Meanwhile, discussions are also under way to fit the Delimara plant with technology that allows it to run on hydrogen.
A reliable Melita Transgas insider, the public company set up to implement the pipeline project, said that gas turbine technology was making rapid advances in the design of the combustion chambers and burners to allow for gas turbines to be fuelled by hydrogen.
Turbines originally designed for natural gas and gasoil can be upgraded at later stages to run on up to 50 per cent hydrogen, the source explained.
He added that the sector was still exploring ways of converting these turbines to run entirely on hydrogen, with some companies claiming that they can already supply gas turbines that can operate with 95 per cent hydrogen.
One major supplier of gas turbine technology, the source added, has already developed turbines that can run on a wide range of hydrogen concentrations.
The supplier is expected to be able to retrofit turbines to run exclusively on hydrogen by 2030.
It seems that Italy was also looking into pilot projects in Sicily and North Africa for the production of hydrogen, which would further improve Malta’s security of supply once connected to Italy through a pipeline.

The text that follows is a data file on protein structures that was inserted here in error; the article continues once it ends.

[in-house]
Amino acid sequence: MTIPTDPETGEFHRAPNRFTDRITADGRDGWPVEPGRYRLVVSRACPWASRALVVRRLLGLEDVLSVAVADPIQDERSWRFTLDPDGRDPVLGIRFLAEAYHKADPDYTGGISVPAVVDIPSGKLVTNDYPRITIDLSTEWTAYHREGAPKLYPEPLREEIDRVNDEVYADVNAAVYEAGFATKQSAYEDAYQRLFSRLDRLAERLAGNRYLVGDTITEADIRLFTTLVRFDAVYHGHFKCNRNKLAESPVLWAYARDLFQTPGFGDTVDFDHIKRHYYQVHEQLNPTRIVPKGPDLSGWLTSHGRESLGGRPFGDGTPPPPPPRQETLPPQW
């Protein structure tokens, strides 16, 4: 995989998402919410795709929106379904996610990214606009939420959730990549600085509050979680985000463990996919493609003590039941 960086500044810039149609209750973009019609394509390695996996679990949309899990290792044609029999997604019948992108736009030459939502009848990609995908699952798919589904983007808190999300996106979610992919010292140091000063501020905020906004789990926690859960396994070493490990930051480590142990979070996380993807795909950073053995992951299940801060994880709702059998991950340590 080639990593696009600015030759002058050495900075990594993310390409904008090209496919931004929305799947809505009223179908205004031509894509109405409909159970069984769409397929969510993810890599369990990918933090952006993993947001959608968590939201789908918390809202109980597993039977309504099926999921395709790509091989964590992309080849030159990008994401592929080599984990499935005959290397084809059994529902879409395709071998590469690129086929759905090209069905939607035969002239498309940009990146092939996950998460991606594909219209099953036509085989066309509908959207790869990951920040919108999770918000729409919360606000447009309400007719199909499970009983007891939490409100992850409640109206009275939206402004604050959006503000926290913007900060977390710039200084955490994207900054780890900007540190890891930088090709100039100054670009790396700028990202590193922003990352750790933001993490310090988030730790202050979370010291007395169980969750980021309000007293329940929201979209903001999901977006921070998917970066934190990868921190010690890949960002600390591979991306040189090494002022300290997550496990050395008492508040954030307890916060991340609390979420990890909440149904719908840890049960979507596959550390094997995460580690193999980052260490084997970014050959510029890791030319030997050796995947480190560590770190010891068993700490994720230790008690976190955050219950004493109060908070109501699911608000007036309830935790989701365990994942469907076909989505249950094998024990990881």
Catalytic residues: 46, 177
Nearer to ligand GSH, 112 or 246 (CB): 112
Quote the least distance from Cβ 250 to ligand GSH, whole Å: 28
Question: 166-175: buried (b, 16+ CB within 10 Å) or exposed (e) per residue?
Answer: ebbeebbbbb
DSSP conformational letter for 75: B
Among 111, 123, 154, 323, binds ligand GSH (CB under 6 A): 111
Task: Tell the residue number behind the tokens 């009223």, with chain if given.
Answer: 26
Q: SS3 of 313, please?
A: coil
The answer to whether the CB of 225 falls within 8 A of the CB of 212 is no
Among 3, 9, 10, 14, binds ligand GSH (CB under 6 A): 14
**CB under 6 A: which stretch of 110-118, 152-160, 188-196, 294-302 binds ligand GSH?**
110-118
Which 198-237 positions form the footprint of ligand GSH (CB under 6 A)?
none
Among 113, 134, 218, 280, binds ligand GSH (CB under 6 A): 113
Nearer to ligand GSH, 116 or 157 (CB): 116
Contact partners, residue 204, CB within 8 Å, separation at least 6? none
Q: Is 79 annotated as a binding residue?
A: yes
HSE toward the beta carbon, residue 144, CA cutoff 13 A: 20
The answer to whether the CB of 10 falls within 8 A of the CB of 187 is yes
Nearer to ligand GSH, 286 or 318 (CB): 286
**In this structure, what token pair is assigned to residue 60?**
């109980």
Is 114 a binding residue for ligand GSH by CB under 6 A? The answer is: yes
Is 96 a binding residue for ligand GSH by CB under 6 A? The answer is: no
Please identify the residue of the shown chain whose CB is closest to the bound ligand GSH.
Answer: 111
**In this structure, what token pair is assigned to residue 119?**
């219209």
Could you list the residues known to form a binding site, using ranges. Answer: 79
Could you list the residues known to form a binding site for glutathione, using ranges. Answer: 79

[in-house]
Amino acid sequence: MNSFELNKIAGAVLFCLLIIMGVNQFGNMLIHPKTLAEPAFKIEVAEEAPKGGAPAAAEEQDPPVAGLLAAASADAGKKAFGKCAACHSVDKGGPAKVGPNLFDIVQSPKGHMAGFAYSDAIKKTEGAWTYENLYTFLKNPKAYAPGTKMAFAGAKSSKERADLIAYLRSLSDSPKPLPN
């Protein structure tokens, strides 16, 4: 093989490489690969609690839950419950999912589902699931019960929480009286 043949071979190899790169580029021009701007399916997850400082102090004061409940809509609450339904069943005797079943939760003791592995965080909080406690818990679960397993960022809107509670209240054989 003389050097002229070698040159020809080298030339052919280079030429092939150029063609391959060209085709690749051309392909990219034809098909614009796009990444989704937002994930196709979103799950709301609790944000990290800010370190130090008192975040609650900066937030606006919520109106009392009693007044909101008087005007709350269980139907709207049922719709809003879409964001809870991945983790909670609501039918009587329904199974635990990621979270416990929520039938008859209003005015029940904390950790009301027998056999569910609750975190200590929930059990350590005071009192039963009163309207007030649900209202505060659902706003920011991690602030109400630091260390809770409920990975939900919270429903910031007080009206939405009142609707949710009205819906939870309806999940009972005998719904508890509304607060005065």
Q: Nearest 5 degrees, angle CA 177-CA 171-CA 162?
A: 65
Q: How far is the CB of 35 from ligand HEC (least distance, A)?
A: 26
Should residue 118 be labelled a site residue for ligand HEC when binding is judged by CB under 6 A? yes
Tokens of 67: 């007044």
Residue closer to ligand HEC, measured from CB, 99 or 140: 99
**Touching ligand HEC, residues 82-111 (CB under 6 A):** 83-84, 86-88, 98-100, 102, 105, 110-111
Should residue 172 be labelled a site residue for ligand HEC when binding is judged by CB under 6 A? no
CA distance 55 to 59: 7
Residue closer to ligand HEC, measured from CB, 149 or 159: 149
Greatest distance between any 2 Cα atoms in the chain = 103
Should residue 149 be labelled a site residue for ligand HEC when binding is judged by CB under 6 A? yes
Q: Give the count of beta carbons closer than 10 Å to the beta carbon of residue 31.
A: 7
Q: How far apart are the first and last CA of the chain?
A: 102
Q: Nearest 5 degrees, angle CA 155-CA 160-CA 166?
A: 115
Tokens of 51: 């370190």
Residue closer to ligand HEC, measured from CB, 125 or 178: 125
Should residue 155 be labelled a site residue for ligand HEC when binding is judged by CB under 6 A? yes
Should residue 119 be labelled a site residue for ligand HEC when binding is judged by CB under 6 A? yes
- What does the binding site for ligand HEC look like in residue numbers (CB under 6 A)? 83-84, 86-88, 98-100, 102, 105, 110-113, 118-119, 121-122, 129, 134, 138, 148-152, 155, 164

Back in Brussels, the commission last month announced its new hydrogen policy which is largely focused on developing renewable hydrogen, produced using mainly wind and solar energy.
In the short and medium term, other forms of hydrogen production are needed to rapidly reduce emissions and support the development of a viable market, the commission says.
Brussels has drafted timelines for the transition to a clean hydrogen-based energy sector.
Between this year and 2024, the commission will help finance the installation of several hydrogen production facilities expected to produce up to one million tonnes of renewable hydrogen.
According to the strategy, from 2025 to 2030, hydrogen needs to become an intrinsic part of the EU’s energy system, with the production of up to 10 million tonnes of renewable hydrogen in Europe.
Hydrogen – a carbon-free fuel
To produce hydrogen, water molecules must be separated in a process known as electrolysis.
When hydrogen atoms are separated from oxygen, hydrogen can then be transported to the grid or stored in appropriate caverns so as to be utilised at a later stage, meaning that energy can be stored in an efficient manner.
The cleanest way of generating the electricity used for the electrolysis process is through the use of renewable energy sources. Green hydrogen is considered renewable only if produced through renewable energy.
The advantage of hydrogen over other hydrocarbons like coal, methane, natural gas and petroleum is that it is carbon free.
The catch is that the cheapest hydrogen options are still expected to be more expensive than most carbon-based fuels by 2030.
From 2030 to 2050, renewable hydrogen technology should reach maturity and be deployed on a large scale across the board in Europe, the European Commission forecasts.